FIFA’s choice for new president in African football cements crisis in CAF
Patrice Motsepe is a South African businessman and billionaire who has now risen to the top of the Confederation of African Football with the help of FIFA president Infantino. Photo: Noam Galai/Getty Images.
On the eve of Egypt and Zimbabwe kicking off the 32nd edition of Africa Cup of Nations in 2019, Ahmad Ahmad, then president of the Confederation of African Football (CAF), convened a press conference under the main stand at Cairo International Stadium and read out a press statement. In an unprecedented move, he confirmed that FIFA – in the form of their Senegalese Secretary General, Fatma Samoura – would supervise CAF’s affairs for the next six months.
In the months prior to Fatma Samoura’s appointment, the CAF president had been subject to serious corruption allegations. As revealed by several international media outlets, Ahmad Ahmad had – amongst other wrongdoings – commissioned the rather obsucre French company Tactical Steel to supply sportswear for a forthcoming CAF tournament despite the company’s lack of experience in performing such jobs. The arrangement was difficult to make sense of, until it surfaced that Ahmad Ahmad, through his attaché Loic Gerand, is a close friend of the owner of Tactical Steel, Romauld Seillier.
Fast forward to today, April 2021, a little more than a year and a half later, the deal between CAF and FIFA made official in Cairo has expired. Nevertheless, the crisis of African football’s governing body persists, and arguably it has grown bigger despite the election of a new president.
Infantino paved the way for Motsepe
On Friday 12 March 2021, Ahmad Ahmad – who has now been suspended by FIFA– got replaced as CAF president by Patrice Motsepe, a South African mining magnate with an estimated wealth of USD 3.1 billion and former owner of Mamelodi Sundowns, the 2016 winners of CAF Champions League.
Just like his predecessor, he is FIFA president Gianni Infantino’s man. Originally the South African was one of four candidates for CAF presidency, but in the weeks leading up to the election held in Rabat, Morocco, Infantino defied the pandemic and toured Africa in an attempt to promote Motsepe’s candidacy.
After visiting eleven countries in ten days he succeeded. Just a week shy of the election, Motsepe’s rivals – Ivorian Jacques Anouma, Senegalese Augustin Senghor and Mauritanian Ahmed Yahya – suddenly all withdrew their candidacies, and announced support for Motsepe. In return, Senghor and Yahya were promised posts as respectively 1st and 2nd vice presidents, while Anouma was offered the position as Motsepe’s special advisor.
What maybe seemed to be a renewed commitment to Pan-African collaboration, was rather the result of Gianni Infantino violating FIFA’s own rules about confederative independence and trying to control world football’s largest constituency. Just to top it off, he made sure that Swiss-Congolese Veron Mosengo-Omba, his old friend from college and FIFA’s Chief Member Associations Officer, was appointed as CAF’s new Secretary General.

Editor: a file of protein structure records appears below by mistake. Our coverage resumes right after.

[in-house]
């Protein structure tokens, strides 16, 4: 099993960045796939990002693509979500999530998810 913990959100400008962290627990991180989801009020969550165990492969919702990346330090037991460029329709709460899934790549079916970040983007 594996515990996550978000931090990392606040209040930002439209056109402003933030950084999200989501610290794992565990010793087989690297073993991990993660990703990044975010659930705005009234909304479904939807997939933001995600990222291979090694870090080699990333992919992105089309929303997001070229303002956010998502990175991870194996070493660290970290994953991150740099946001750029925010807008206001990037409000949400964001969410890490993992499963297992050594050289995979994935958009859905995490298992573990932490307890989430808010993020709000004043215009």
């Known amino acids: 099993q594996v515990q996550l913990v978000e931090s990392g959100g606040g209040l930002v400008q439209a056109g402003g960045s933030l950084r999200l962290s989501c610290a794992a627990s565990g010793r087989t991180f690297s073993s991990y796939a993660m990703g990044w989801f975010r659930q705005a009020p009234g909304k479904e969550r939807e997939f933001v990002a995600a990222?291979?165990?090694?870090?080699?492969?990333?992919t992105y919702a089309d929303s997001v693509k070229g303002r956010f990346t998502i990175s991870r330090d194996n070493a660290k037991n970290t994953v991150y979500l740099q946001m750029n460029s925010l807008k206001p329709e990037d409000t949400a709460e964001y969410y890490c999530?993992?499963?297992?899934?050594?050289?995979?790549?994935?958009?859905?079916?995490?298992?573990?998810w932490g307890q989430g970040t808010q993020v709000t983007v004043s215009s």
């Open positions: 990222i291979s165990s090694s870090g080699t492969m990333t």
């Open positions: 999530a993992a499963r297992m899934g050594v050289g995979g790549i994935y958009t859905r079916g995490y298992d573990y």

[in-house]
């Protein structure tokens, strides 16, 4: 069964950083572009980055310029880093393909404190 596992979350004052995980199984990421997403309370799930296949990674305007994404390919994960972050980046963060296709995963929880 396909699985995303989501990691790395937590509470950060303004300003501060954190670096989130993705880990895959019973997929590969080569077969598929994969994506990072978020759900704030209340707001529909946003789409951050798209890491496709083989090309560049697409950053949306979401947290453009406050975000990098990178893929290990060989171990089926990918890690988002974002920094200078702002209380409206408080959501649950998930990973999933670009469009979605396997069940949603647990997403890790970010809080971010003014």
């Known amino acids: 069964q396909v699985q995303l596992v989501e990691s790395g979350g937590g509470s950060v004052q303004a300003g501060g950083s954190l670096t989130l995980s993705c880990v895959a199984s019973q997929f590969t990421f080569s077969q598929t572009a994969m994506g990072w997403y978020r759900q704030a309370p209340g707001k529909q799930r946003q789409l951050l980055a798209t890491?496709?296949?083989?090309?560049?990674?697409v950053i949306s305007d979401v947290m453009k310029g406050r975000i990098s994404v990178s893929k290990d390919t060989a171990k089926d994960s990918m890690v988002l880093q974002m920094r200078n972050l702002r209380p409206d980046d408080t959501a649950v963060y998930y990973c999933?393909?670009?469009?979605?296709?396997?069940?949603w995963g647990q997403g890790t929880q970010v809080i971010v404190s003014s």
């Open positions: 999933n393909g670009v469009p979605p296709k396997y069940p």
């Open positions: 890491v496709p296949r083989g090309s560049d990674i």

The election of Patrice Motsepe thus leaves CAF’s integrity seriously damaged. The confederation is not only in huge financial difficulties, with head of CAF’s finance committee Morocco’s Fouzi Lekjaa announcing in Rabat that its cash reserves are severely limited after the termination of a USD 1 billion television and marketing rights deal with France-based company Lagardere Sports. It is also emblematic of the increasingly anti-democratic nature of international football politics.
When Ahmad Ahmad’s tenure began in 2017, he promised administrative reforms and financial transparency. The authoritarian days of Cameroonian Issa Hayatou — CAF president since 1988 — were supposed to be over. But the Malagasy failed to deliver. The circumstances of Patrice Motsepe’s election are not indicating institutional changes. Africa’s governing football body is, in other words, losing its public credibility.
According to Simon Akindes, a former Benin international and now professor of political science at University of Wisconsin-Parkside and member of the research organisation Sports Africa Network, the state of African football is as worse as ever.
“CAF is in a very difficult position. They do not have the means to govern football as they should, they lack long-term vision and creativity, and as a result the quality of African football is, broadly speaking, on a downward trajectory”, he says.
From discrimination to playing a vital role in football politics